Two new publications bring into question the American Diabetes Association (ADA) recommendation that blood pressures should be less than 130/80 in people with type 2 diabetes. What does this mean for diabetics who also have high blood pressure?
New ACCORD study shows intensive treatment no better than standard treatment
On March 14, the ACCORD Study Group released an online publication in the New England Journal of Medicine describing the results of their study entitled, “The effects of intensive blood-pressure control in type 2 diabetes.
” They randomly assigned 4,733 participants with type 2 diabetes either to intensive therapy, aimed at a systolic pressure of less than 120, or to standard therapy, with a systolic pressure of less than 140 as the target. Participants were followed for an average of 4.7 years. The results: the incidence of fatal and nonfatal major cardiovascular events was not reduced by intensive therapy compared with standard therapy. In addition the number of serious adverse events was almost three times greater in the intensive treatment participants than in those getting standard therapy.
Similar results for the INVEST study
Although its design was different, results of the INVEST study were similar. This study assigned 6,400 patients with diabetes and coronary artery disease to achieve a systolic blood pressure less than 130 and a diastolic pressure less than 85. Results: Those who attained tight blood pressure control (systolic pressure less than 130) were no more successful in avoiding heart attacks, stokes, or death than those with usual blood pressure control (systolic pressures between 130 and 140). And all-cause mortality increased in those whose systolic blood pressure was lowered to less than 115. Given this, the authors concluded that there was no benefit to lowering systolic blood pressure below 130 compared to lowering it to between 130 and 140.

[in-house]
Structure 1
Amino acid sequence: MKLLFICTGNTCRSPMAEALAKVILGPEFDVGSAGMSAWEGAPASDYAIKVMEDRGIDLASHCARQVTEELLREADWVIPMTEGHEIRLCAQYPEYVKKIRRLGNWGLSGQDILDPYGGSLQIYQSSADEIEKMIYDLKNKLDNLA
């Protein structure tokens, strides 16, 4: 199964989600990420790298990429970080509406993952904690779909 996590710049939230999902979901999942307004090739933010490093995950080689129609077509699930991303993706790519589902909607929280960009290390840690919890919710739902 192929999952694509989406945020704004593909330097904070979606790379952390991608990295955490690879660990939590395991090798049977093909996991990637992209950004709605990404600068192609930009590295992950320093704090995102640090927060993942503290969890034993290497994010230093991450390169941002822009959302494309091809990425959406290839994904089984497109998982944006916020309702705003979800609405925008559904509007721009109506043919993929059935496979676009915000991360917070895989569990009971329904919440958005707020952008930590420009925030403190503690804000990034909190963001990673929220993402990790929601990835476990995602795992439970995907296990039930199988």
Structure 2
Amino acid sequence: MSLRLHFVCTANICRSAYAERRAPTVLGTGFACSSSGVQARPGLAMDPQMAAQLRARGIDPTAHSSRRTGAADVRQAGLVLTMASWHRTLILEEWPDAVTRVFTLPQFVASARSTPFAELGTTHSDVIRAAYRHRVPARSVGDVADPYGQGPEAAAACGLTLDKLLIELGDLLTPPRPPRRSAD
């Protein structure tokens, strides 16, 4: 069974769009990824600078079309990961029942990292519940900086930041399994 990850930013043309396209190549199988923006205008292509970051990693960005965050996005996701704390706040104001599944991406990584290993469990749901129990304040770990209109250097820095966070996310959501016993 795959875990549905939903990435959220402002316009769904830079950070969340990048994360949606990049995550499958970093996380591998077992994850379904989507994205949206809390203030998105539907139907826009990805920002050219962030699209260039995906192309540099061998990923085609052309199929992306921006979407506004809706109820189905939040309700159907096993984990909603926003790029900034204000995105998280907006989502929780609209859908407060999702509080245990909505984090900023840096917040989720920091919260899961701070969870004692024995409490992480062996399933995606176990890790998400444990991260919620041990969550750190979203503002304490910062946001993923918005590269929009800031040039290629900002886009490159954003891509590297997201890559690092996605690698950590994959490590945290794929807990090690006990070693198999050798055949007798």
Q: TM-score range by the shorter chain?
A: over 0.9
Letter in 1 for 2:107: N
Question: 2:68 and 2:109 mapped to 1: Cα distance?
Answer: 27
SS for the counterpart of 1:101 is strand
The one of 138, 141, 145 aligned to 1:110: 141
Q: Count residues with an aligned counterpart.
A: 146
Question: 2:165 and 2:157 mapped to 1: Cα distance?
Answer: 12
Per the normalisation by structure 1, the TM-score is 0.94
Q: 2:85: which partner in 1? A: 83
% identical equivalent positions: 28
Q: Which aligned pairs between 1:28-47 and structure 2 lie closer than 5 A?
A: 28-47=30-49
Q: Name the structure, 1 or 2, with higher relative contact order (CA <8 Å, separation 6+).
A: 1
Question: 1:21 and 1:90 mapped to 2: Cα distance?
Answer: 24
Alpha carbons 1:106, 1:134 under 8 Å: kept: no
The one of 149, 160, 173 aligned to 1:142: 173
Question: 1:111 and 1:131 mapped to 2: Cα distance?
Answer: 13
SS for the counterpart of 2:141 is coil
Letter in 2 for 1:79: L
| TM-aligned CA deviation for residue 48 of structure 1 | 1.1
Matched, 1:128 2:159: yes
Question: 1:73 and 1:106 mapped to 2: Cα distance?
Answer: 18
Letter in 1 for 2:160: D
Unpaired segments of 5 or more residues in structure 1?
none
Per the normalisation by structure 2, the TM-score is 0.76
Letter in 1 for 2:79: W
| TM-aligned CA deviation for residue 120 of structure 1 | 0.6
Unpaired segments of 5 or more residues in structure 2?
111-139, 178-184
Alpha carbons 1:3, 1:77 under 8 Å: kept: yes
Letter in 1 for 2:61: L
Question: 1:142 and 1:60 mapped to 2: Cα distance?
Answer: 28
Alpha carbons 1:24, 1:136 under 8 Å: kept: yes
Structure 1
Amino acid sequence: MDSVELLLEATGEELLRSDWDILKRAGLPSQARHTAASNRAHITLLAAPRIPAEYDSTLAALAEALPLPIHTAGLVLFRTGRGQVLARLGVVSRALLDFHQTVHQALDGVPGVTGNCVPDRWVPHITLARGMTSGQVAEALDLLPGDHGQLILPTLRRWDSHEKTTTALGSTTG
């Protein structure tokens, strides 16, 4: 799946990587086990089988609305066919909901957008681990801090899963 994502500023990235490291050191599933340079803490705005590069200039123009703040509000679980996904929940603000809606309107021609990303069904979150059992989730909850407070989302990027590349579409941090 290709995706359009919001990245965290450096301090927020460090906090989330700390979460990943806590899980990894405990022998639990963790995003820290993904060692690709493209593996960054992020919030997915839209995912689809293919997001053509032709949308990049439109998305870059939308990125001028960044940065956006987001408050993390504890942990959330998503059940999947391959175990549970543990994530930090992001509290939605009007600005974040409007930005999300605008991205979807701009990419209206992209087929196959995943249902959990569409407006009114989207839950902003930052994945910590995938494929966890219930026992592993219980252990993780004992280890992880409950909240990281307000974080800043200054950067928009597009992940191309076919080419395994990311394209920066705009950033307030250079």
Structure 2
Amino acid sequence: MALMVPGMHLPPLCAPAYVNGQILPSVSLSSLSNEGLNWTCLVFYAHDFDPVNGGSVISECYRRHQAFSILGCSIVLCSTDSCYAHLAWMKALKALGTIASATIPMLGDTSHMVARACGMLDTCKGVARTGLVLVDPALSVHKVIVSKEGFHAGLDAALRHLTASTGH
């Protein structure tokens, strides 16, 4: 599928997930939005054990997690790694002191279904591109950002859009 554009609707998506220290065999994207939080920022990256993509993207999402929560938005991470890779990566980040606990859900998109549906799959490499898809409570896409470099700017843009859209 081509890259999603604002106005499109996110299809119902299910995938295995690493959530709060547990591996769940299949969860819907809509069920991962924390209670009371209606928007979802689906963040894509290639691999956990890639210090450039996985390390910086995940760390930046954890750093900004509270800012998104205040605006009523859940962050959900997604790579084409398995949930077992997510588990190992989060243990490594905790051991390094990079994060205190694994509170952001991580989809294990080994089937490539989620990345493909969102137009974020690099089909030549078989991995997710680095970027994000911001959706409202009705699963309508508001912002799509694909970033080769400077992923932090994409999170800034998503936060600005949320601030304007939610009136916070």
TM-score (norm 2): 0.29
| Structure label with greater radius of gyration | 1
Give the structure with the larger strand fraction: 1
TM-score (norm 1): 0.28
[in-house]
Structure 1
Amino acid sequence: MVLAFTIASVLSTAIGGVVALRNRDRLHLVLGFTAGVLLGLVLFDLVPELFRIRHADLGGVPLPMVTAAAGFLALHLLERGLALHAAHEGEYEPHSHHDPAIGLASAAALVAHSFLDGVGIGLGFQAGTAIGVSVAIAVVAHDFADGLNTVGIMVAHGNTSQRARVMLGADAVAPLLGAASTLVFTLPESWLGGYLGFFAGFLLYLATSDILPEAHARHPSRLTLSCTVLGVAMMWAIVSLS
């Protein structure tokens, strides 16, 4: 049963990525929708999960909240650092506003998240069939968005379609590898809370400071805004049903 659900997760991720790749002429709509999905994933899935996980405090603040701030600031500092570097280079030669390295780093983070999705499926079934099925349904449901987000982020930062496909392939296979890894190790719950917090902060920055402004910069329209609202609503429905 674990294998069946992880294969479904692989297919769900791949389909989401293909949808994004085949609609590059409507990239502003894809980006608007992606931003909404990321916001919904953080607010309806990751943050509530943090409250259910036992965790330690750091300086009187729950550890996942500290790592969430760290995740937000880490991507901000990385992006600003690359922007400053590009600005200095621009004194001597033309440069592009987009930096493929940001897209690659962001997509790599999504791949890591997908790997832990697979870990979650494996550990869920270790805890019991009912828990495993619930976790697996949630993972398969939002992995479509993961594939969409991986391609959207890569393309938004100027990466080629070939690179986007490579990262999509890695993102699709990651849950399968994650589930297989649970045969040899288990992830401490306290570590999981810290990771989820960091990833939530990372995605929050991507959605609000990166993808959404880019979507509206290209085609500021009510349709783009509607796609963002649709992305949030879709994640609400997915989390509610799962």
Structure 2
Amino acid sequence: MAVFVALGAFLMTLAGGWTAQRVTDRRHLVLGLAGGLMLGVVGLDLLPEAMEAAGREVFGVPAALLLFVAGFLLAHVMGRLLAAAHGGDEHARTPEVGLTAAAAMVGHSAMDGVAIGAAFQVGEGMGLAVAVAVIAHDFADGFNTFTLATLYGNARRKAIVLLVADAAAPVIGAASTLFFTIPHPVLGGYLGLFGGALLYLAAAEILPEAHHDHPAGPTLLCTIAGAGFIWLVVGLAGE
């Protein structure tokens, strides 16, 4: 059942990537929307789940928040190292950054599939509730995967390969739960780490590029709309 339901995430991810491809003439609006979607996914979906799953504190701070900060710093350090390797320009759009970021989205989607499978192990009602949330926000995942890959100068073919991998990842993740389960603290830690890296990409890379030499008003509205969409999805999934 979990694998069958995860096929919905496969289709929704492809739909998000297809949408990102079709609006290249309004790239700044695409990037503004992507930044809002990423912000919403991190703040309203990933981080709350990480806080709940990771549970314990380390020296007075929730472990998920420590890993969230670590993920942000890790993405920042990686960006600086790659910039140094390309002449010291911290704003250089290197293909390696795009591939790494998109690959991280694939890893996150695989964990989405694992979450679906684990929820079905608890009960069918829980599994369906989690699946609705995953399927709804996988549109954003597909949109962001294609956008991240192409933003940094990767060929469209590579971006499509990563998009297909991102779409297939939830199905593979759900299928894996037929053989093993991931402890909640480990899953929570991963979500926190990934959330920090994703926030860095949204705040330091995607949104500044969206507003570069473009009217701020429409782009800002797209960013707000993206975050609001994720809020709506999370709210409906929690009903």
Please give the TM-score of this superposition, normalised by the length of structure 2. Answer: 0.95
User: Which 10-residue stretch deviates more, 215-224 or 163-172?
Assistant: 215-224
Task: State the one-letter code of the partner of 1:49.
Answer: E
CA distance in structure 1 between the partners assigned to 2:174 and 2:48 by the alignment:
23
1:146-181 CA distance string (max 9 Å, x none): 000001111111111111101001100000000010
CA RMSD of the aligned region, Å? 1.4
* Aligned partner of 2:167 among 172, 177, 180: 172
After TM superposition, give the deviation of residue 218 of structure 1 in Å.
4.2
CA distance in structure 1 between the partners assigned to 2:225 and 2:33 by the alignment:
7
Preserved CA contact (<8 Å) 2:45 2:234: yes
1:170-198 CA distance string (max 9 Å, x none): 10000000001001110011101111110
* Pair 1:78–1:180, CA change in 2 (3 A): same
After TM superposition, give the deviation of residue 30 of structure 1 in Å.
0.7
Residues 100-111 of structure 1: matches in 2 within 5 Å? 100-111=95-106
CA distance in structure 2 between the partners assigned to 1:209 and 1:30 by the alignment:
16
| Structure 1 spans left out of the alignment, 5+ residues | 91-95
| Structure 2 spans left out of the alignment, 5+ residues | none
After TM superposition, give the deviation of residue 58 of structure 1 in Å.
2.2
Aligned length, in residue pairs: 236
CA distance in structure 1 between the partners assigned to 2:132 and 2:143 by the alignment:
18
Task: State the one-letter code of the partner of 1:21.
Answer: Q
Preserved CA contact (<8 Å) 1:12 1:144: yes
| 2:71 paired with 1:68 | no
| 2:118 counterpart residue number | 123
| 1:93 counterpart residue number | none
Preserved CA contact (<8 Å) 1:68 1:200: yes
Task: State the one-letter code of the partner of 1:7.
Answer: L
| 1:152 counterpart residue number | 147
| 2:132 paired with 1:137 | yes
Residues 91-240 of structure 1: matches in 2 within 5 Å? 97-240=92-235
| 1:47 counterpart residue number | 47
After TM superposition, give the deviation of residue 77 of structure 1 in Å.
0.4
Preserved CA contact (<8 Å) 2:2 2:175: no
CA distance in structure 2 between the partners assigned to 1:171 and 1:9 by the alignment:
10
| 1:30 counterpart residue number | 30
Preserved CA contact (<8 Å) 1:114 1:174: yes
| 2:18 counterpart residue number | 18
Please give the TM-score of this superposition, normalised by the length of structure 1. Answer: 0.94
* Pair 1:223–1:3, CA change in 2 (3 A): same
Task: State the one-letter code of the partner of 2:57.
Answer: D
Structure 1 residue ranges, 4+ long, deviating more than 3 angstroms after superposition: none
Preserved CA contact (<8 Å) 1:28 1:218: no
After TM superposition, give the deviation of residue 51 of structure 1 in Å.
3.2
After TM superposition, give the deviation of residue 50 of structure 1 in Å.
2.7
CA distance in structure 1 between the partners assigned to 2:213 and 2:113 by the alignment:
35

What does this mean?
Taken together, these findings strongly suggest that the ADA should reexamine its blood pressure guidelines for those with diabetes. The higher doses of initial medications or the additional ones that are generally needed to reduce systolic pressure below 130 add more costs and increase the risk of side effects.
Earlier studies have clearly demonstrated the cardiovascular benefits of controlling high blood pressures in patients with diabetes. And during the follow-up period of the INVEST trial, people whose systolic pressure remained greater than 140 had nearly a 50 percent greater number of strokes, heart attacks, and deaths than those whose pressure was reduced to between 130 and 140.
It is critical, therefore, that people with diabetes and their doctors do not misinterpret the results of these studies. If you have diabetes, you should continue efforts to lower elevated blood pressures, probably with a target systolic pressure below 140, but not to the previous targeted levels of lower than 130.
By Simeon Margolis, M.D., Ph.D.